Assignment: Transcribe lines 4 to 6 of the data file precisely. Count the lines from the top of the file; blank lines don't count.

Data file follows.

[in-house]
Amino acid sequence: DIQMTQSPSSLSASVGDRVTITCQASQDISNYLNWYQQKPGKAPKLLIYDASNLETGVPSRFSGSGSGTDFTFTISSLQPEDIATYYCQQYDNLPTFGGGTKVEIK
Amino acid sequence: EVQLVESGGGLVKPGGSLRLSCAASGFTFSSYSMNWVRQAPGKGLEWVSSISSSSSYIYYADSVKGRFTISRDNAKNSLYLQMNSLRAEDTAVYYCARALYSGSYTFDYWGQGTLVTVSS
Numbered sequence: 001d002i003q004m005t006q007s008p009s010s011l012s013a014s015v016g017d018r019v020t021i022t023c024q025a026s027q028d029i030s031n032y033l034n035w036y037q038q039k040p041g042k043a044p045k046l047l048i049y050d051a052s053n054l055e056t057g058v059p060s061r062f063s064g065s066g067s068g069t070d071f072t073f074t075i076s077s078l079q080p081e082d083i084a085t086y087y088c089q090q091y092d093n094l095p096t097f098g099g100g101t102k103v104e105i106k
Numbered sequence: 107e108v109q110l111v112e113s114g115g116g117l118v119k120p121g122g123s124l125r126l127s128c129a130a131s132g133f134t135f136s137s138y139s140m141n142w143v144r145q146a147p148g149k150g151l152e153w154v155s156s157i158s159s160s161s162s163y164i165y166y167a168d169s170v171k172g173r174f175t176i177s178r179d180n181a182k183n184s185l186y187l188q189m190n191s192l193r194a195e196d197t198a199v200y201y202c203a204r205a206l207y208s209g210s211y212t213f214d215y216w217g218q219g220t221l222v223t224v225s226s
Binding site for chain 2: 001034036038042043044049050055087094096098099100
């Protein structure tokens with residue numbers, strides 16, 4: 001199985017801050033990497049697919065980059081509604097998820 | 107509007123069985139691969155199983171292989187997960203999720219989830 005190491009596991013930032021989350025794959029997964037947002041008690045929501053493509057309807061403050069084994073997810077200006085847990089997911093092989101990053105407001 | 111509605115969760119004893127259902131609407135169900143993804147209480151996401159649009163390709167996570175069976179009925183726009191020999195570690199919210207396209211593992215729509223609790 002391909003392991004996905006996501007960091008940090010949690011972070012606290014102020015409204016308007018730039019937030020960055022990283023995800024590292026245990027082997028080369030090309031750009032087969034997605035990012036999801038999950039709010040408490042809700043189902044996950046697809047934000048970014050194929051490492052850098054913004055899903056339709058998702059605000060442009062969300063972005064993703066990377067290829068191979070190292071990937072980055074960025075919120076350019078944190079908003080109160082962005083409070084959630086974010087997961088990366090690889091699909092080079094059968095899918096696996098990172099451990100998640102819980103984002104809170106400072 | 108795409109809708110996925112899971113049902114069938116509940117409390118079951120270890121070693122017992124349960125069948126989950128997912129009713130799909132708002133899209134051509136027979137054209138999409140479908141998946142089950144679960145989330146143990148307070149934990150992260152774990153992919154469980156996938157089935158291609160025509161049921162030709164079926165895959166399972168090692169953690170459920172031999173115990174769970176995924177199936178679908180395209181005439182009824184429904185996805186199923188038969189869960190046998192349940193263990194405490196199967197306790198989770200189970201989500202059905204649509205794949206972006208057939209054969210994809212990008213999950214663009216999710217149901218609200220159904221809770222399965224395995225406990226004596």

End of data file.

Numbered sequence: 001d002i003q004m005t006q007s008p009s010s011l012s013a014s015v016g017d018r019v020t021i022t023c024q025a026s027q028d029i030s031n032y033l034n035w036y037q038q039k040p041g042k043a044p045k046l047l048i049y050d051a052s053n054l055e056t057g058v059p060s061r062f063s064g065s066g067s068g069t070d071f072t073f074t075i076s077s078l079q080p081e082d083i084a085t086y087y088c089q090q091y092d093n094l095p096t097f098g099g100g101t102k103v104e105i106k
Numbered sequence: 107e108v109q110l111v112e113s114g115g116g117l118v119k120p121g122g123s124l125r126l127s128c129a130a131s132g133f134t135f136s137s138y139s140m141n142w143v144r145q146a147p148g149k150g151l152e153w154v155s156s157i158s159s160s161s162s163y164i165y166y167a168d169s170v171k172g173r174f175t176i177s178r179d180n181a182k183n184s185l186y187l188q189m190n191s192l193r194a195e196d197t198a199v200y201y202c203a204r205a206l207y208s209g210s211y212t213f214d215y216w217g218q219g220t221l222v223t224v225s226s
Binding site for chain 2: 001034036038042043044049050055087094096098099100